Many of us remember a widely-publicized dispute from 2006 regarding a winning "Roll up the Rim to Win" cup, winning an SUV valued around $30,000. A 10-year-old in a Quebec school found a discarded cup, but couldn't roll up the rim herself so enlisted the help of a 12-year-old friend to do so. It was a big winner. The parents then got into a fight about who would claim the prize, and following the media attention the school janitor wandered into the dispute claiming the cup was his and that a DNA test was appropriate to prove that he was, in fact, the true owner of the winning cup.
The contest rules don't really spell out who the winner would be, but Tim Hortons ultimately took the position that the family of the 10-year-old girl should receive the vehicle.
Quebec has a different legal system from the other Provinces, but I'm fairly certain the conclusion would have been correct in common law jurisdictions. "Finders keepers" isn't usually the law - for instance, if you find someone's purse left by mistake on a park bench, that doesn't make the contents yours; there still exists a "true owner", who has a claim to the property superior to yours. However, where an object can be said to have been 'abandoned' - that is, where a person has taken some action with the intention of abandoning the item - there is no longer a "true owner"; the object falls into what we call the "Lockean commons", open to be claimed by whomever stumbles upon it.
So the key question in this context, in a common law jurisdiction, would be whether or not the janitor can be said to have truly abandoned the cup, and the answer to that, given the limited ostensible value of the discarded coffee cup, is likely yes. Meaning that he's given up any claim to it.
The dispute between the girl who found it and the girl who rolled it up is likely more straightforward. In the absence of some clear language in the contest rules which would make the roller the winner, it doesn't seem that there's any basis for the older girl to make a claim. It's akin to me asking you to double-check the numbers on my winning lottery ticket, and you saying that the request amounted to a gift of the ticket.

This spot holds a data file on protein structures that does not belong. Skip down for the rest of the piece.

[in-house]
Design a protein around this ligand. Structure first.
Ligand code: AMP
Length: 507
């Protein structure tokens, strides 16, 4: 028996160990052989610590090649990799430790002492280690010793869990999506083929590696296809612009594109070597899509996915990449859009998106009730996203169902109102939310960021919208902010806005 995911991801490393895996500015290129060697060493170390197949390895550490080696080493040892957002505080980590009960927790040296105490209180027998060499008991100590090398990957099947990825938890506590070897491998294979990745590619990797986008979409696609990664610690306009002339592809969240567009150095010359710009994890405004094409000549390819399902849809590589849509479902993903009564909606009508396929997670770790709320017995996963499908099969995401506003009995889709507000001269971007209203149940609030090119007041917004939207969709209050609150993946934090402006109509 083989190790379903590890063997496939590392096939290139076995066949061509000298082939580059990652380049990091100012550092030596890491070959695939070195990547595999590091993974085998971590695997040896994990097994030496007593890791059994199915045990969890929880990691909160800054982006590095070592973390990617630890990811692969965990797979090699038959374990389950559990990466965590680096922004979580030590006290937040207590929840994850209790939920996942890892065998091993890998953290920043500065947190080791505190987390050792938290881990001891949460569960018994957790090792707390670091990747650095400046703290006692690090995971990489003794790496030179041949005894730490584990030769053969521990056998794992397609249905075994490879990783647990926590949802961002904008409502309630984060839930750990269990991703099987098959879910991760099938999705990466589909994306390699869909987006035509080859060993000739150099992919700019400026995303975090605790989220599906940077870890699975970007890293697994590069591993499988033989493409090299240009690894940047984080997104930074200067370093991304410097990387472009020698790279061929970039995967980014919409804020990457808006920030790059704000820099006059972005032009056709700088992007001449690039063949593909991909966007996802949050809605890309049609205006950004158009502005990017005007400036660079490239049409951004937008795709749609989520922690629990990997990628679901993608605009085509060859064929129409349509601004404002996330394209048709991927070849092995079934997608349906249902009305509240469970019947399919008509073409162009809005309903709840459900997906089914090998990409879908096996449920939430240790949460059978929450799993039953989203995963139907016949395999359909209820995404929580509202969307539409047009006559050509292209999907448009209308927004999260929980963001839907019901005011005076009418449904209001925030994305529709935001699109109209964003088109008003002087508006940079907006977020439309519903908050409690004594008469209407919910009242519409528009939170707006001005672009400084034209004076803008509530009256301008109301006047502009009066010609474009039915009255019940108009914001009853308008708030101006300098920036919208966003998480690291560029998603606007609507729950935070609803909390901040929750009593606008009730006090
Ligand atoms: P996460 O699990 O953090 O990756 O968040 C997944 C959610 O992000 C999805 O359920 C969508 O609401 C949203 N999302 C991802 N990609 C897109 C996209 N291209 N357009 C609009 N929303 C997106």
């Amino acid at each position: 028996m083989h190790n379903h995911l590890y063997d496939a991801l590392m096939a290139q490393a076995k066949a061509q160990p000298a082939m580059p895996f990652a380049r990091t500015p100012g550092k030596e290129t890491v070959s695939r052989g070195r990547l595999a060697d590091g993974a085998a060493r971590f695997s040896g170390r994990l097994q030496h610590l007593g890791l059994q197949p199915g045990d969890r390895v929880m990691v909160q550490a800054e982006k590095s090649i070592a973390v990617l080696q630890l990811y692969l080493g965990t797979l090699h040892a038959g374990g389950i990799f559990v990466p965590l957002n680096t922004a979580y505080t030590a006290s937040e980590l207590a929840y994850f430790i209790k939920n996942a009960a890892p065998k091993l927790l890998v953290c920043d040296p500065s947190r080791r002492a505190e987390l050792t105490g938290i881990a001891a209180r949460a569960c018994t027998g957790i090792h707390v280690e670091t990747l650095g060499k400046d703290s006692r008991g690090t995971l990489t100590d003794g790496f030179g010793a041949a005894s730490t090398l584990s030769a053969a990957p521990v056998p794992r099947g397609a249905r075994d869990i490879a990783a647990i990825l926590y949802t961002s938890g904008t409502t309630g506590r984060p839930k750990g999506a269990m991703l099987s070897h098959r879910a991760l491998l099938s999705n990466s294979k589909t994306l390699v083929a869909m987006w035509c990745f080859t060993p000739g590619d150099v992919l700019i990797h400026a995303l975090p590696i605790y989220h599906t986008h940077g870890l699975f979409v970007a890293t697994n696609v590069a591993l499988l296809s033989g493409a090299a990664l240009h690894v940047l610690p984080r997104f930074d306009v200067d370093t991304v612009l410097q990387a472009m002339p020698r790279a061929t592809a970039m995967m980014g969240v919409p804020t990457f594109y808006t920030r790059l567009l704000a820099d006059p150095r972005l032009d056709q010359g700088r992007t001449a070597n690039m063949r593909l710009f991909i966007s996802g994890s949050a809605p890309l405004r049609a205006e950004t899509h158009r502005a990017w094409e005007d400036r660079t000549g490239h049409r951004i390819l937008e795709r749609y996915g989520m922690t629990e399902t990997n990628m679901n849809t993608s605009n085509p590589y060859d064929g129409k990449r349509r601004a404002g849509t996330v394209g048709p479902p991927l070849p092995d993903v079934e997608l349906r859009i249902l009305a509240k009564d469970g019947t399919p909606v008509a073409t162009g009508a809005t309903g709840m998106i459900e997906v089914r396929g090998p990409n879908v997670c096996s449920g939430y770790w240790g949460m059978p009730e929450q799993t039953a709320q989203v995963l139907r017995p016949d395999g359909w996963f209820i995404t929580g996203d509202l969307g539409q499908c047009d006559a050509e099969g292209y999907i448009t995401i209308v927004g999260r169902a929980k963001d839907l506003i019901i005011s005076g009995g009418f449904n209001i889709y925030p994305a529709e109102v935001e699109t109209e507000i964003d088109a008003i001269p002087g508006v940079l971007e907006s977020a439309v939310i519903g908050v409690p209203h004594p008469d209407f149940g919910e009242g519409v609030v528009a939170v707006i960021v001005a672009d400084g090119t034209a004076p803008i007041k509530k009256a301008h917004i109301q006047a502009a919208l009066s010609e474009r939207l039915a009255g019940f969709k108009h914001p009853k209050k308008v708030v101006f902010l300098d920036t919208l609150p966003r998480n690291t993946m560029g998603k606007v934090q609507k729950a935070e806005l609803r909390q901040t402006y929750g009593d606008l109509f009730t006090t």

This schoolyard dispute seems pretty far out in left field, but one can easily imagine other disputes.
Who Owns the Winning Tab?
Coffee is cheap. People buy for each other all the time, so it is easy to imagine a scenario in which one person buys a winning coffee cup for another individual. Last year, the Star ran a story contemplating such a scenario, noting that Tim Hortons essentially stays out of the issue and doesn't assist with 'safe group play' like OLG does.
In a one-off coffee purchase for another person, there's a compelling moral argument to be made that the purchaser should be able to lay claim to the prize. After all, I paid for it. On the other hand, if I hadn't paid for it, it's just as likely that you would have gone and bought it yourself. So there's still a compelling causation argument to suggest that the person whose coffee it is should win. And what happens if there's a rotation? I buy the office coffees today; you buy tomorrow, and so on. One can easily support a proposition that would suggest either way, that the inherent quid pro quo makes my coffee cup mine every day, or alternatively that all the day's coffee cups belong to the purchaser.
And nobody really thinks too much about it until there is a big winner. If there's a small winner (coffee or doughnut), it's probably pretty common to assume that the person who drank the first coffee gets the second one. Because, again, coffee is cheap, so who cares. I'd probably rather pay for my own new coffee than have to handle the rim of the cup that you drank.
Maybe we can agree that the drinker gets to keep the small prizes, and that the buyer gets to keep or share in the big prizes? Sure, one can reach a nice simple agreement along these lines easily enough...until you ponder that a small prize (i.e. a coffee) can go on to win a bigger prize. So I buy you a coffee, you win a coffee, and that winning coffee gets you the car. Do I have a claim?
It seems far easier and simpler to me to maintain a bright-line rule: Whomever drinks the coffee keeps the rim. If I'm being bought a coffee by anyone other than my significant other, I'll half-jokingly make that clear: The Rim is mine. If the buyer has a problem with that, they don't have to buy for me. No problem, I'll pay for my own. And that's what's so compelling about the bright-line rule; buying a coffee for someone is more often an act of convenience and good will than an act of any significant charity.
Maybe, as a lawyer, I'm overthinking this. But to some extent, that's just what I do - consider the contingencies that don't necessarily occur to people in advance, and try to find proactive approaches to resolve disputes before they occur. In many senses, that is the purpose of a contract, making clear the expectations of all parties in advance, so that you won't end up down the road with an argument arising from a scenario that nobody had really thought about beforehand.
This blog is not intended to and does not provide legal advice to any person in respect of any particular legal issue, and does not create a solicitor-client relationship with any readers, but rather provides general legal information. If you have a legal issue or possible legal issue, contact a lawyer.